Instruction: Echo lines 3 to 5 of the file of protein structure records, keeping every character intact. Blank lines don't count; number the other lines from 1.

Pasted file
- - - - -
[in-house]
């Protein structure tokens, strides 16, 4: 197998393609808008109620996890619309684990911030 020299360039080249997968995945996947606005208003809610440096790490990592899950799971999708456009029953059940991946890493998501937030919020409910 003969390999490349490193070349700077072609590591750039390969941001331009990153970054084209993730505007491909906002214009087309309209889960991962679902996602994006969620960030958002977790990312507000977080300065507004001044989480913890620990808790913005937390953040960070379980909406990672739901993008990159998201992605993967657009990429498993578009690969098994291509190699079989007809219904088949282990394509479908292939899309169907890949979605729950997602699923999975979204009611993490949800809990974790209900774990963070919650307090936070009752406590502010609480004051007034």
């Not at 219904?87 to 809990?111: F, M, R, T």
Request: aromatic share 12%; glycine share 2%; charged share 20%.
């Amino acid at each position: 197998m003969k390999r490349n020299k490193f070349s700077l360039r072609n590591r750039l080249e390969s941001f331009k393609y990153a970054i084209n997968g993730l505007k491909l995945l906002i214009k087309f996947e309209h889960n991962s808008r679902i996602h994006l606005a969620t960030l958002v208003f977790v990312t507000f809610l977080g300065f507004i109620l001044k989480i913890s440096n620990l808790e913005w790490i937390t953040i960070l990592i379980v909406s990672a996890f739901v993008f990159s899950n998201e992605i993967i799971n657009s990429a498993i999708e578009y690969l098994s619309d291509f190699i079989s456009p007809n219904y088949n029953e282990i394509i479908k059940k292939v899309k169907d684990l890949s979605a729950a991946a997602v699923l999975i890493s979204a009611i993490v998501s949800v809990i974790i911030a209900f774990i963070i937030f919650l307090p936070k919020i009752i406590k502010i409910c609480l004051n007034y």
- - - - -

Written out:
């Not at 219904?87 to 809990?111: F, M, R, T």
Request: aromatic share 12%; glycine share 2%; charged share 20%.
């Amino acid at each position: 197998m003969k390999r490349n020299k490193f070349s700077l360039r072609n590591r750039l080249e390969s941001f331009k393609y990153a970054i084209n997968g993730l505007k491909l995945l906002i214009k087309f996947e309209h889960n991962s808008r679902i996602h994006l606005a969620t960030l958002v208003f977790v990312t507000f809610l977080g300065f507004i109620l001044k989480i913890s440096n620990l808790e913005w790490i937390t953040i960070l990592i379980v909406s990672a996890f739901v993008f990159s899950n998201e992605i993967i799971n657009s990429a498993i999708e578009y690969l098994s619309d291509f190699i079989s456009p007809n219904y088949n029953e282990i394509i479908k059940k292939v899309k169907d684990l890949s979605a729950a991946a997602v699923l999975i890493s979204a009611i993490v998501s949800v809990i974790i911030a209900f774990i963070i937030f919650l307090p936070k919020i009752i406590k502010i409910c609480l004051n007034y």